Don't only humans have the ability to enter social contracts?

Other animals do agree to certain types of social contracts with each other. For example, some species of bats share the food they find with others in their community who they are not related to. It is not possible to force a bat to share against his will, since this process is done by regurgitating food directly into the mount of the recipient. Each bat remembers which individuals in the community have helped them when they themselves were hungry, and they remember which individuals refused to help them in their time of need, and these bats respond in kind.

It is not unusual for a bat to be unable to find food for several days, in which case his survival depends on having friends. In effect, by sharing food with others, these bats are purchasing an insurance policy. A bat with a large network of friends is much more likely to survive - and a bat who chooses not to honor his contracts (not help those who have helped him in the past) will soon find himself without any friends when he is in need of assistance.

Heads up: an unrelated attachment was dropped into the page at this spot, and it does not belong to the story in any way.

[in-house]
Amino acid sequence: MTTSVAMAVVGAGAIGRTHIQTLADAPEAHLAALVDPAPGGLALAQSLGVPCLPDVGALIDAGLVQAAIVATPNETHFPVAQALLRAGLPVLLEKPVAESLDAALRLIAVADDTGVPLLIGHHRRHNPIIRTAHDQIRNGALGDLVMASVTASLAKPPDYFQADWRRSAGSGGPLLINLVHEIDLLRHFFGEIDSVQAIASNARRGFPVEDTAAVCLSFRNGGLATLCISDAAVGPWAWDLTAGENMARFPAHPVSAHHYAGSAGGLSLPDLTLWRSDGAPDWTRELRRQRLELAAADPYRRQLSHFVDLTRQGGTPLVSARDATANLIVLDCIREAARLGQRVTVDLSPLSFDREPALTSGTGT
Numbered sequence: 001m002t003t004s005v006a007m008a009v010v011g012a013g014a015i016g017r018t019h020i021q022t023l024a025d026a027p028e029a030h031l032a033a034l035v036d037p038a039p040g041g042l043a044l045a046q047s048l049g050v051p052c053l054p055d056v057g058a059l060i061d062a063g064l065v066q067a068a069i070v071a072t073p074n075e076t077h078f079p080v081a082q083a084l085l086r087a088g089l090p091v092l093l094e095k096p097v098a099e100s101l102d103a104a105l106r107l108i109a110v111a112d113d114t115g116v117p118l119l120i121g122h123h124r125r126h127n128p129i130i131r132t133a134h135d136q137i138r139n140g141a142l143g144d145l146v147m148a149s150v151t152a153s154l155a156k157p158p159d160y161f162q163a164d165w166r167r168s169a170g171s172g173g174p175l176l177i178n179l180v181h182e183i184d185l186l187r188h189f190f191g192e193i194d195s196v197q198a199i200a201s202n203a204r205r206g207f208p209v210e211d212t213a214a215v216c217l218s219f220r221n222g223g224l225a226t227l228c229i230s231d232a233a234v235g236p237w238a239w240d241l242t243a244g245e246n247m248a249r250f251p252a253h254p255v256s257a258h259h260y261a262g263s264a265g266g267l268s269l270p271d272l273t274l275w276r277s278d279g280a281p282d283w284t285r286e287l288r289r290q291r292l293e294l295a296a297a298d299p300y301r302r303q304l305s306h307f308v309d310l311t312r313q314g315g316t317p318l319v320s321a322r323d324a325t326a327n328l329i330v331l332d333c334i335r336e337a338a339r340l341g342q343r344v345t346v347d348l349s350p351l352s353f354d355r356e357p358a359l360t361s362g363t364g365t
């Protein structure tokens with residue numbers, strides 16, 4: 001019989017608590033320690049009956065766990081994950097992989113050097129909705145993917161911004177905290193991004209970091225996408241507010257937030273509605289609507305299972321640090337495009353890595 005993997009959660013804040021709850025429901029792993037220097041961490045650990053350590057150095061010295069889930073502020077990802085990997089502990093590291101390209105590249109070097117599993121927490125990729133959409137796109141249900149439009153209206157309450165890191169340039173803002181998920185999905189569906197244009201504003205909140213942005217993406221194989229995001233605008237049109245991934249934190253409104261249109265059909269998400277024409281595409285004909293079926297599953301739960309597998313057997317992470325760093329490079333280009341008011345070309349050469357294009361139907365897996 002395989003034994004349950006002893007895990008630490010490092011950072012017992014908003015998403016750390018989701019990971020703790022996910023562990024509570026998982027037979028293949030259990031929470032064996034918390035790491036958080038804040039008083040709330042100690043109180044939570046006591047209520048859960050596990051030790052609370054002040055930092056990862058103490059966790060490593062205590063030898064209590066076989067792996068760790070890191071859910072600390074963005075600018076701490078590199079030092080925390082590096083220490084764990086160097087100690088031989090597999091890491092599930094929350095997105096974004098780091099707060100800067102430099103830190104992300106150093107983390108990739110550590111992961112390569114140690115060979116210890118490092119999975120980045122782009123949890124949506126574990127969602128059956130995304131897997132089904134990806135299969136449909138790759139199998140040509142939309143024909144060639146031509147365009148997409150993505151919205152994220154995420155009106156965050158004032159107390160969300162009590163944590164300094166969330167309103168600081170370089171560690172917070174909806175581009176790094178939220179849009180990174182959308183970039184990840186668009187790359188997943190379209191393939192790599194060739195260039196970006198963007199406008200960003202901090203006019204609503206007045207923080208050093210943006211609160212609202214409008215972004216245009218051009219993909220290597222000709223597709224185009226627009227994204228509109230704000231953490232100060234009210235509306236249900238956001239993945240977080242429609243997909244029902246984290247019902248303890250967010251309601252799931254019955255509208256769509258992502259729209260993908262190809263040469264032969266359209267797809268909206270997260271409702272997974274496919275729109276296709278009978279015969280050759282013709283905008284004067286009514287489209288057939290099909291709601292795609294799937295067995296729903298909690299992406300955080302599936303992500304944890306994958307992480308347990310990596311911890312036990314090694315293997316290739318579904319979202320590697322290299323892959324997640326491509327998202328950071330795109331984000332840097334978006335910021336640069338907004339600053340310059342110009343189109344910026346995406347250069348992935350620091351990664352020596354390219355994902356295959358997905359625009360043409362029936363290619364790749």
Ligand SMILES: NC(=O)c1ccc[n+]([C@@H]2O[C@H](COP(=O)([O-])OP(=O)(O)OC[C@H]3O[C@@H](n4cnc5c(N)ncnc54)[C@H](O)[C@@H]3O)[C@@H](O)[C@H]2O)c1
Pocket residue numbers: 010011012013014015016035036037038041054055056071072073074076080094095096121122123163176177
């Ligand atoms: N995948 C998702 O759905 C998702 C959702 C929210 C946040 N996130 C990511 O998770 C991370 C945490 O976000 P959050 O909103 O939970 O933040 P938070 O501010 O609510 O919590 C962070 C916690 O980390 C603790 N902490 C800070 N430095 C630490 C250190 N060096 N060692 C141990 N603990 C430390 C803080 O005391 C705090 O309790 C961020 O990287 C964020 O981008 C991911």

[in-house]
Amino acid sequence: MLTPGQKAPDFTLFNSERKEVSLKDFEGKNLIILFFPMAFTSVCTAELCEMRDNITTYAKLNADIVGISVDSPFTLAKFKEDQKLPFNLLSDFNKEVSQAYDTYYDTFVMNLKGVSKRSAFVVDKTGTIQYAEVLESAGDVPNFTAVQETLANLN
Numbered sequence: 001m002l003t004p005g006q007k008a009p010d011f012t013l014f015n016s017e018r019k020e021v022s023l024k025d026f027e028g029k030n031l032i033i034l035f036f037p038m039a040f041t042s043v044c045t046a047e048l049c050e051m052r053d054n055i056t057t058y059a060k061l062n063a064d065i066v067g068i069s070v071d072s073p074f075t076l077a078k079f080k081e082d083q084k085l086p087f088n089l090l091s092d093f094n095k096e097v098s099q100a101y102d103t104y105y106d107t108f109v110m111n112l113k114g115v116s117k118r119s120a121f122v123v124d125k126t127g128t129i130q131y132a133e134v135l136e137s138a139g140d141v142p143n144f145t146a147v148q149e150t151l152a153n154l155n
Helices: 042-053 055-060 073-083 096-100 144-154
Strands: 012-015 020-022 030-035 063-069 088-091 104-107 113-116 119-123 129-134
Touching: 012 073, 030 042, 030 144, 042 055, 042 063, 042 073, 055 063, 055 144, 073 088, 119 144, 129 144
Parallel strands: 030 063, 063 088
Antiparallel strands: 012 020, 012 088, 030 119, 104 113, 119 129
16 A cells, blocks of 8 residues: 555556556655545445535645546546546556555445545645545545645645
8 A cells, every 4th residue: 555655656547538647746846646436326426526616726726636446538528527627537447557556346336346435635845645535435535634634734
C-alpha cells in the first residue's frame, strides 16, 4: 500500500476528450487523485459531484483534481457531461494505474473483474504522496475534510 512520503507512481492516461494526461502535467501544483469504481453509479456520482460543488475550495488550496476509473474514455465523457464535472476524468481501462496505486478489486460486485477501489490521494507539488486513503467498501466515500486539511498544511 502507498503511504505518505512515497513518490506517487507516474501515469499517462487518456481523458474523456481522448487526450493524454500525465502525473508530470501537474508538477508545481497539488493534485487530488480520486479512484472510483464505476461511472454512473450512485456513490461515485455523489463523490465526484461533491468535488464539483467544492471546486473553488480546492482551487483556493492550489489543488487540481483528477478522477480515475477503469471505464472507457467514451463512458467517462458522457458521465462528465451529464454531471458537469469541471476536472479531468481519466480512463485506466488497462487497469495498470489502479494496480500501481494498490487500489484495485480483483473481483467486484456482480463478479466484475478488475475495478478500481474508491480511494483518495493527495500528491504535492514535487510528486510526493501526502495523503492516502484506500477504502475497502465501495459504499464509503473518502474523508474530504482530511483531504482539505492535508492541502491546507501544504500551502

Follow up questions:

What do we gain by respecting the rights of other animals if they do not respect our rights?

Aren't only humans self aware?

What evidence is there that other animals can make moral decisions?

Don't only human beings have a soul?

Don't only humans have the ability to use language and understand abstract concepts?

How do you know that other animals can feel pain?

Don't only humans have the ability to pass on cultural information from one generation to the next?

Don't only humans understand the concept of death?

Don't only humans have the ability to use tools?

How can some animal rights activists believe that other animals are our equals?


Back to the title page

Back to the list of the most commonly asked questions